What do our eyes have to do with overall health? Actually, tons!
Many people do not realize an eye exam is not just determining your prescription for glasses, but it’s a wellness check of your overall health. During that awkward silence, when the eye doctor is invading your personal space with his bright light, he is actually examining structures of the eye that can show changes related to systemic health conditions and diseases. In some cases, an eye exam can save your life!
Conditions An Eye Exam Can Detect
There are many serious health conditions that are often first detected during an eye exam. Here are a few things that your eye doctor might find:
High blood pressure
The blood vessels in the back of the eye are often a predictor of how the rest of the blood vessels in the body are doing. Narrowing of the ocular arteries can often signal high blood pressure and can give the doctor insight about a future heart disease.
Some studies show that high blood pressure can increase the pressure inside the eyeball. This increased eye pressure can lead to glaucoma, causing loss of peripheral vision if left untreated.
During an eye exam, your doctor will examine the cornea, the clear front surface of the eye, for a hazy white or grey ring called arcus. Any patient under the age of 60 with evidence of arcus should have a yearly cholesterol blood test with their primary care physician.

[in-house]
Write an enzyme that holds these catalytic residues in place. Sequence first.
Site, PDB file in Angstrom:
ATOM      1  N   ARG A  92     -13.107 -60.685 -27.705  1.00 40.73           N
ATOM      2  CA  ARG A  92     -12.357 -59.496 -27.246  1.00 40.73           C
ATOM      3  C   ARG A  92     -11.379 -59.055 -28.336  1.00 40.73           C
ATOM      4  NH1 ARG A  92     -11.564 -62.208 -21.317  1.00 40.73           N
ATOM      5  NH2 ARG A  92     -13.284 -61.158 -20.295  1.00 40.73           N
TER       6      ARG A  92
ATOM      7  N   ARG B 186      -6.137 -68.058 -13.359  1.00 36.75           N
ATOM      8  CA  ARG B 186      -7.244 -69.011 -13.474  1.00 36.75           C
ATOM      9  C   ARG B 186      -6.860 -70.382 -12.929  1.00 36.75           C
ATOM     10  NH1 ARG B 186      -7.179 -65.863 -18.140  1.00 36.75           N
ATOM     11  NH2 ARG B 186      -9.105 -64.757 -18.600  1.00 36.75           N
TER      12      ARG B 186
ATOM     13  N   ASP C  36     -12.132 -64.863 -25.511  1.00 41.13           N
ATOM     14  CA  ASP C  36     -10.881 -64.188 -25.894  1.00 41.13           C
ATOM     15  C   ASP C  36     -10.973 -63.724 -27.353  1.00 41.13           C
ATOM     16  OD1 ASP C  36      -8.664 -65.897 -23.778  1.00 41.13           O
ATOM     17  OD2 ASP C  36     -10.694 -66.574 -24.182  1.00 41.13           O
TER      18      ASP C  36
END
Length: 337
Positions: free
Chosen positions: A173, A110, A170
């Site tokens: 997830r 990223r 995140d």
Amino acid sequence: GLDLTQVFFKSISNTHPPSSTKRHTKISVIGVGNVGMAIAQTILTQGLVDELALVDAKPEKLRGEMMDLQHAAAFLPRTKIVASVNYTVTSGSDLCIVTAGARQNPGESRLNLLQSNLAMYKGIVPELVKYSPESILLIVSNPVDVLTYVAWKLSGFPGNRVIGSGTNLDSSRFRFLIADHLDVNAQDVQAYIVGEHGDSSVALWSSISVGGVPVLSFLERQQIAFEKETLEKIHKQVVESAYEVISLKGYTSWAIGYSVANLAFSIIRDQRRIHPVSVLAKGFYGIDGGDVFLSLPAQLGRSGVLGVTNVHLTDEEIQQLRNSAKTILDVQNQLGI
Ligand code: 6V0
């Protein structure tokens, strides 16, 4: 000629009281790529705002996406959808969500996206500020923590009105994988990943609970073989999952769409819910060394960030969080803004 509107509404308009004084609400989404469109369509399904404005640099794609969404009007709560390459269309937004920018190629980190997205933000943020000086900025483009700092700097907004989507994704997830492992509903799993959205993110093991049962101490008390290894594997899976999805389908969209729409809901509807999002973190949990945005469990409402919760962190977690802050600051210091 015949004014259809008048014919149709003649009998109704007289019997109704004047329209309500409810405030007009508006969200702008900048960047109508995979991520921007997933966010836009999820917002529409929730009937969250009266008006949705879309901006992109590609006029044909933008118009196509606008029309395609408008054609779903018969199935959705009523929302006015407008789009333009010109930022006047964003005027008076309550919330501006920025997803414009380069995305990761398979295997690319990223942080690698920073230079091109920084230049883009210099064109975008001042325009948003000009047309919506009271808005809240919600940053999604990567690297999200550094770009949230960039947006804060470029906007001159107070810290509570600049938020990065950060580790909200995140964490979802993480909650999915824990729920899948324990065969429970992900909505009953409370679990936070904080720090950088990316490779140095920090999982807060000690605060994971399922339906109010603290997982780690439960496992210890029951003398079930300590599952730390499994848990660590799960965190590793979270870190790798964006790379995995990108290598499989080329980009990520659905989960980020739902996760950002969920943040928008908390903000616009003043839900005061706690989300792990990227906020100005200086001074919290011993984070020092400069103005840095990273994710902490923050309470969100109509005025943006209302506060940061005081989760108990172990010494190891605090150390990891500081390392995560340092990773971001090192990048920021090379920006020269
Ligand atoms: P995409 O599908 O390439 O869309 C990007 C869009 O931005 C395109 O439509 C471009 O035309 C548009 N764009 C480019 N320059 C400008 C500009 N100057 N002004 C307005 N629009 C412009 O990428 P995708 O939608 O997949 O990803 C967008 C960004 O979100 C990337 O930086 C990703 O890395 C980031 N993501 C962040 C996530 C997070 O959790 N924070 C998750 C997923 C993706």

Cholesterol deposits can also make their way to the retinal vessels and cause a blockage, which can lead to vision loss. Cholesterol in the eye can even be an early detector for someone at risk for a life-threatening stroke!
Did you know one of the first clues to a diabetes type 2 diagnosis is fluctuating vision and small bleeds within the vessels of your eye? A Hemoglobin A1c blood test can be ordered to confirm the increased sugar levels.
If the eye doctor sees these changes early, he can recommend exercise and diet changes to prevent the condition from worsening.
Many autoimmune diseases also cause eye problems. Rheumatoid arthritis can cause red eyes. Sjogren syndrome can cause dry eyes. Multiple Sclerosis can cause missing parts of vision. Graves’ disease can cause double vision. Ankylosing spondylitis can cause light sensitivity and recurring inflammation, called uveitis. In fact, many times the eye problem will occur first, which will lead to an autoimmune diagnosis.
Schedule an Eye Exam Today
Your eye exam is so much more than just telling you if you need glasses or not. It truly gives a view into your body and your overall health through your eyes! Get your eye exam, not only for your vision, but to check on the overall health of your body.
When was your last eye exam? Contact Berkeley Eye Center today to schedule a comprehensive exam. We have locations all over Houston and in surrounding communities!